South Bend Redevelopment Commission agrees to spend $1.6M to knock down abandoned townhomes
SOUTH BEND, Ind. (WNDU) - It’s been years since former South Bend Mayor Pete Buttigieg demolished 1,000 vacant and abandoned homes in 1,000 days.
Yet suddenly, the city has ambitious plans to knock down 91 dwellings in a single summer.
On Thursday, the South Bend Redevelopment Commission agreed to spend $1.6 million to demolish 91 public housing units, leaving nearly nine acres of nothingness in a neighborhood just west of Four Winds Field.
All the townhomes in the Monroe Circle public housing project have been vacated and will be demolished. South Bend Housing Authority Director Catherine Lamberg considers the situation ideal.
“I think it is an ideal situation because what it presents itself as an opportunity to make way for new change,” she said.
The townhomes are considered to be obsolete both physically and philosophically.
“There was a philosophy in the 60s and 70s that building these large public housing complexes, there are some infamous examples like Cabrini Green in Chicago, and so HUD’s strategy has shifted,” said South Bend Department of Community Investment Director Caleb Bauer. “We know outcomes for low-income families are better when they live in a mixed income neighborhood, and concentrating all public housing in one area really is not great for the residents, it’s not good for the community.”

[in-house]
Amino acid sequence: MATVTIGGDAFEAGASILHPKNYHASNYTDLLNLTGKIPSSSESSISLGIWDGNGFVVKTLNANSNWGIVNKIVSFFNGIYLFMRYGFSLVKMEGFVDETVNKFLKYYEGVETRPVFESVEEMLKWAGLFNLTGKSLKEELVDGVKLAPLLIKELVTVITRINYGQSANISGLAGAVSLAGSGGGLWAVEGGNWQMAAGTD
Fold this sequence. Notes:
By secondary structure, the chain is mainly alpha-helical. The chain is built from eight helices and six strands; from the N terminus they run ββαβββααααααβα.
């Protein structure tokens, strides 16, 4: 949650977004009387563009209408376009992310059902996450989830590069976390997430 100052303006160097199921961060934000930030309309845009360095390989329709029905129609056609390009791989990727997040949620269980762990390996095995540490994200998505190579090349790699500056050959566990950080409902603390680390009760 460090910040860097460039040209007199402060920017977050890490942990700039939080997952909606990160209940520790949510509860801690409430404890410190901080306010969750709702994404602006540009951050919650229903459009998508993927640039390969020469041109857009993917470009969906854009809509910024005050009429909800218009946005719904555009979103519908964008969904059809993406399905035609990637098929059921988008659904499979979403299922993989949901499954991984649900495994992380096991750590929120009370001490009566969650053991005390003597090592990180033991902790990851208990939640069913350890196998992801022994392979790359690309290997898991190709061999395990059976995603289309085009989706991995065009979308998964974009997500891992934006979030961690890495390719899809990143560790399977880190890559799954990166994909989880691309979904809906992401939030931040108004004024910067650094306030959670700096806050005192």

The vision of the future of public housing in Knoxville, Tenn., has low-income housing located near medium and market rate units, where there is access to employment, transportation, health care, and internet.
South Bend will apply to the same federal program that awarded Knoxville a $40 million grant to rebuild its Western Heights neighborhood. The program is known as the HUD Choice Neighborhoods Initiative, or the C.N.I.
“The C.N.I. implementation grant can be funded up to $50 million, so that’s a good place to start your redevelopment process,” Lamberg said.
It’ll likely be about a year before the city will find out the fate of its C.N.I. grant application. The Redevelopment Commission also allocated $500,000 to assist with the grant application process on Thursday.
Right now, there are no plans to demolish the nearby public housing high rise that bears the name of Rabbi Shuman.
Officials said that building was easy to secure, and that the Monroe Circle units were being demolished now because they were difficult to secure.
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